When Jack the Ripper killed five prostitutes in the East end of London in 1888, he became instantly the world’s most infamous, and also its best known murderer. He was not the most prolific killer, nor the first to mutilate his victims. France’s Gilles de Rais murdered and mutilated more than 50 children. Hungary’s Countess Elizabeth Bathory murdered an unknown number of servant girls-the figure certainly was in two digits. But the enduring fascination of the Ripper was laid in the mystery of his identity, and his obvious desire to shock, to spit into the face of society.
The term ‘serial killer’ was invented in 1978 by FBI agent Robert Ressler to describe obsessive ‘repeat killers’ like Jack the Ripper. Before that they were called ‘mass murderers’.
What drives a man to become a serial killer?
One answer is that their self esteem is often so low that killing is a way of asserting that they exist. In some cases, the killing has no sexual component.
Donald Harvey, an American nursing orderly was sentenced in 1987 for murdering 24 people, mostly elderly patients. It emerged later that Harvey had been sexually abused by two adults since he was a child. Years as a passive object of lust led to the total destruction of his self esteem; killing hospital patients was his way of asserting that he was a ‘doer’, a mover, not a nonentity.
Ted Bundy’s act of calculated revenge turned him from a peeping tom into a sex murderer. It gave him courage and the contempt for women – to turn his fantasies into reality.
The same psychological mechanism explains the rise in crime rates during times of economic recession. It is not simply that people steal for money. It is because the psychological trauma of being without a job leads to the feeling of ‘anger with fate’ and the desire to express by ‘hitting out.’
As Gauguin quoted ‘life being what it is, one dreams of revenge.’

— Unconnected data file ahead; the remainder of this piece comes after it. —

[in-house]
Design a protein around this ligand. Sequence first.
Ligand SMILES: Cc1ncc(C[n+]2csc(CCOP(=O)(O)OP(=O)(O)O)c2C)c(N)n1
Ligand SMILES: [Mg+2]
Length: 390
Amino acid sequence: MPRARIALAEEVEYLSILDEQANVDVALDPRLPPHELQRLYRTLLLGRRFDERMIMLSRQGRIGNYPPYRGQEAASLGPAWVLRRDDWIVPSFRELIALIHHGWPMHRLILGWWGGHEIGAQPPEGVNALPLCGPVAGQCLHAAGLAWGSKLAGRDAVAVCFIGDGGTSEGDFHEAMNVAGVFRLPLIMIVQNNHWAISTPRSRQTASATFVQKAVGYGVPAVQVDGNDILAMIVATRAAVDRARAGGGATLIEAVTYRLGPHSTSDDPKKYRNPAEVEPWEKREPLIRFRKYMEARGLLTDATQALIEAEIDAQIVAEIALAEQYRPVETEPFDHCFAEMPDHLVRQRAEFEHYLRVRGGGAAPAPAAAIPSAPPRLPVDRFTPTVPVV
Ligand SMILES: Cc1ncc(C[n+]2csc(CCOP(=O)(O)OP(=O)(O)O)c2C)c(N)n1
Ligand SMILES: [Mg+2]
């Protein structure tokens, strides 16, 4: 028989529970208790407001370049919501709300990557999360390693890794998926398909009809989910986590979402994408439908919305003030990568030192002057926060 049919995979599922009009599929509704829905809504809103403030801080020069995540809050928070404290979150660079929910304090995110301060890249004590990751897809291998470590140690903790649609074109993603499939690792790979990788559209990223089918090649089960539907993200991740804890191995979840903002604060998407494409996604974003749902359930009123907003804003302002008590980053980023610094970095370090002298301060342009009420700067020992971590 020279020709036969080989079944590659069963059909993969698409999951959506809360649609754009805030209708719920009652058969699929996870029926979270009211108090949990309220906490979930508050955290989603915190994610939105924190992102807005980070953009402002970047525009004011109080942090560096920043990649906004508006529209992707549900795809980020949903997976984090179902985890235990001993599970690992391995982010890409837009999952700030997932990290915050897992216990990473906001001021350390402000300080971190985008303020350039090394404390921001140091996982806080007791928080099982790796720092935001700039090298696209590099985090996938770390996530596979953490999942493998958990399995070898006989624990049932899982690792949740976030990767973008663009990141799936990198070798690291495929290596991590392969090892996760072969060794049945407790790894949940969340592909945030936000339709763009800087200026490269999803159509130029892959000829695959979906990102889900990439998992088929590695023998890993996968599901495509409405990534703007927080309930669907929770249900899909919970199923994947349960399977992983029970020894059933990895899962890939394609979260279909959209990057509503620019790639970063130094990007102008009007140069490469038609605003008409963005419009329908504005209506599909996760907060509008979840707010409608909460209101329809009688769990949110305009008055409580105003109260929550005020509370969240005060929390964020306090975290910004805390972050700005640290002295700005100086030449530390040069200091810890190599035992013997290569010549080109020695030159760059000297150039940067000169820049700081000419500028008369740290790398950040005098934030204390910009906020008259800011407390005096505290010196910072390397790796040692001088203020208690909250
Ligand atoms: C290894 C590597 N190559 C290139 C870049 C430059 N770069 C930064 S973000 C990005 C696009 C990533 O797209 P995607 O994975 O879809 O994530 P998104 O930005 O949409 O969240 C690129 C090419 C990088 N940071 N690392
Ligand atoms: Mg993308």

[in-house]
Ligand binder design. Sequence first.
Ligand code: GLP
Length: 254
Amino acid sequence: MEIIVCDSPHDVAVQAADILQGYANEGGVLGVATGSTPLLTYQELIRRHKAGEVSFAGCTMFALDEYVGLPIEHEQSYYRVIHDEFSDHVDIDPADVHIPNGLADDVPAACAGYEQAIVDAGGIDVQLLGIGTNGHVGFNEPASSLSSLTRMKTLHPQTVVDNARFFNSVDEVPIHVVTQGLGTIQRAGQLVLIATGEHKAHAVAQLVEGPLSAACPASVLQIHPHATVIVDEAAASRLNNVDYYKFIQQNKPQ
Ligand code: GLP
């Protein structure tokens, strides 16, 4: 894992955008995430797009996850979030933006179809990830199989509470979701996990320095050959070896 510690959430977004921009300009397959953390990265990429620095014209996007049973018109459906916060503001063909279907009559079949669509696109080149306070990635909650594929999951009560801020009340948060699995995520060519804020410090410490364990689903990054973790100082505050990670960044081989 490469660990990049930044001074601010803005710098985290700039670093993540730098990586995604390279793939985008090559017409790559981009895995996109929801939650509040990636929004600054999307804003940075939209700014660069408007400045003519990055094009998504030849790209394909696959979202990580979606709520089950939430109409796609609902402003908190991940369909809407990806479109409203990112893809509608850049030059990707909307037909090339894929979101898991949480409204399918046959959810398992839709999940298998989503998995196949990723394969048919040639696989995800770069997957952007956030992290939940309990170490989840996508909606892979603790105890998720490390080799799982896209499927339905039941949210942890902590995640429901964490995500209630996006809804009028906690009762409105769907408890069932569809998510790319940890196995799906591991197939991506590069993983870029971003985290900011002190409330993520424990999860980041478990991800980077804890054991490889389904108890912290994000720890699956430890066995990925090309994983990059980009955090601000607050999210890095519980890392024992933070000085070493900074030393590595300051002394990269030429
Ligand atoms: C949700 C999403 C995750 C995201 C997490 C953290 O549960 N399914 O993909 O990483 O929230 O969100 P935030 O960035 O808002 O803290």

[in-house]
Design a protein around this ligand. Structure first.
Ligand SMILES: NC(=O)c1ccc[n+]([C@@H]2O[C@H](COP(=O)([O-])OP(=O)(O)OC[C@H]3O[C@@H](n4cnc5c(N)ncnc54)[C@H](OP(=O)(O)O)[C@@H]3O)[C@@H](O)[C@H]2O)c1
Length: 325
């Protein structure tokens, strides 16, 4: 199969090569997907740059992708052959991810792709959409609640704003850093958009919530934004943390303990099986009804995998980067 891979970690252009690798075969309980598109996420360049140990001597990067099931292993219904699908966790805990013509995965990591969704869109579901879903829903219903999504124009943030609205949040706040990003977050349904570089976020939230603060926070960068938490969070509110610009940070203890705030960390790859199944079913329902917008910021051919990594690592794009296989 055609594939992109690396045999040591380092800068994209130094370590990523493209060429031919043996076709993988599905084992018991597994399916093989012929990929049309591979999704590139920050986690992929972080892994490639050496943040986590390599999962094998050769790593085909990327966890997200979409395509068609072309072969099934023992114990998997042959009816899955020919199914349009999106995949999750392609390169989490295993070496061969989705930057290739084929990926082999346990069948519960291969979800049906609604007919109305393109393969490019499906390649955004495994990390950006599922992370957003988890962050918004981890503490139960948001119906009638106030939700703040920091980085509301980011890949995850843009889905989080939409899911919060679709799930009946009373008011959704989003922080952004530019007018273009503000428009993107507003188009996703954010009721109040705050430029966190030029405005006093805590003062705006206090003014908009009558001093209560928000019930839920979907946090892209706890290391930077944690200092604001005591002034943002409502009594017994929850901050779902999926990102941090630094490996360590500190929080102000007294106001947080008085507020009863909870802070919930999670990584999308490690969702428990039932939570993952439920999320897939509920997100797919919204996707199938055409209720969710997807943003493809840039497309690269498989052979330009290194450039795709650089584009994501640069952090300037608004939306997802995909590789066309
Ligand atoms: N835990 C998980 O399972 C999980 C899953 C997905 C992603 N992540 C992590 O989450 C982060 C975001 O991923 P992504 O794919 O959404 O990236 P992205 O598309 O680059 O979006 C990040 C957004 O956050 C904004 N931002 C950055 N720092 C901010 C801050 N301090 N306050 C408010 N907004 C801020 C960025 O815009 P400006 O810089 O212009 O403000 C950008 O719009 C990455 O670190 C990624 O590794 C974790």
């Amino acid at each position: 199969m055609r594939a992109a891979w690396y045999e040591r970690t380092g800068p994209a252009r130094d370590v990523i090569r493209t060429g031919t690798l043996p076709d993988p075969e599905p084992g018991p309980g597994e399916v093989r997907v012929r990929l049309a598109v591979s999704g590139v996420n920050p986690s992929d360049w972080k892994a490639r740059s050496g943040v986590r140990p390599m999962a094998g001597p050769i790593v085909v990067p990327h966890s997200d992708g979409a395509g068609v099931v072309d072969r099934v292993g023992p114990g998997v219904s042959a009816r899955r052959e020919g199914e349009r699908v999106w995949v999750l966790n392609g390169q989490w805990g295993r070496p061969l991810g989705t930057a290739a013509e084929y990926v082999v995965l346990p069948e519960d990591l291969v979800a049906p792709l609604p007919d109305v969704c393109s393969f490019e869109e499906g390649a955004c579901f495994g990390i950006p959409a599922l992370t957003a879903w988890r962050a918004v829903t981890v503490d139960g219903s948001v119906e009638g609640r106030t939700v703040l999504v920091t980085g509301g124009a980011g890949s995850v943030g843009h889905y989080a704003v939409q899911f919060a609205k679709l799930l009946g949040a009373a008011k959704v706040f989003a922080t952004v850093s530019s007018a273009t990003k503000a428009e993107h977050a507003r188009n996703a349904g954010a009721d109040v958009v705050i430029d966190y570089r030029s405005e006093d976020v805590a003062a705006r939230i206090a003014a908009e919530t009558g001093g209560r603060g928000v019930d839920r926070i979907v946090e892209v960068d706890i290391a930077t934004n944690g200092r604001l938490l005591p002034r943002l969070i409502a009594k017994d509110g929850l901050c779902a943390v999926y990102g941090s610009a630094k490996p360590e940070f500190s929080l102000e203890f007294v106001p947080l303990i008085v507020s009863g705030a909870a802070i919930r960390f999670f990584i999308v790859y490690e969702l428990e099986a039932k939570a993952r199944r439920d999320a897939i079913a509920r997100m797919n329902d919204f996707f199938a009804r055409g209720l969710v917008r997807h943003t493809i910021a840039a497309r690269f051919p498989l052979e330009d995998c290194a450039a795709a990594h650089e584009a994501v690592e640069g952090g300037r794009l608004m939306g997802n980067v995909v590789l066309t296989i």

After one of the Moors murders, Ian Brady an atheist – shook his fist at the sky and shouted: ‘take that, you bastard!’
Many serial killers believe that by killing innocent people (usually children) they were gaining a kind of compensatory revenge on people who had made them suffer. Alexandre Dumas portrays this theory very well in his novel ‘the count of Monte Cristo’ in which the protagonist Edmond Dantes takes revenge on all those who made him suffer in the gallows.
Violence has always been a basic element in human nature. Niccolo Machiavelli wrote about human nature in the 15th chapter of his book ‘The Prince (1513)’:
“All men are bad and even ready to display their vicious nature partly because of the fact that human desires are insatiable.”
The most powerful motive Machiavelli saw as the incentive for every human action is self interest.
Shakespeare catches it in Julius Caesar when a man attacked by a mob protests that he is Cinna the poet and not Cinna the conspirator, his attackers shout: ‘tear him for his bad verses’
But until the 19th century it was rare for this kind of resentment to find expression in sex crime. Crime was largely the result of social deprivation, so the criminal was interested in money and property and not in sex.
In pre –Victorian era sex was not a taboo and young boys and girls often slept in the same bed introduced to incest at an early age. Sex was so freely available that there was no point in killing for it or even risking the gallows for rape. Mothers sold their daughters virginity for just five shillings.
The second half of the 19th century was an epoch of taboo a time for forbiddances and a time for the arrival of Jack the Ripper.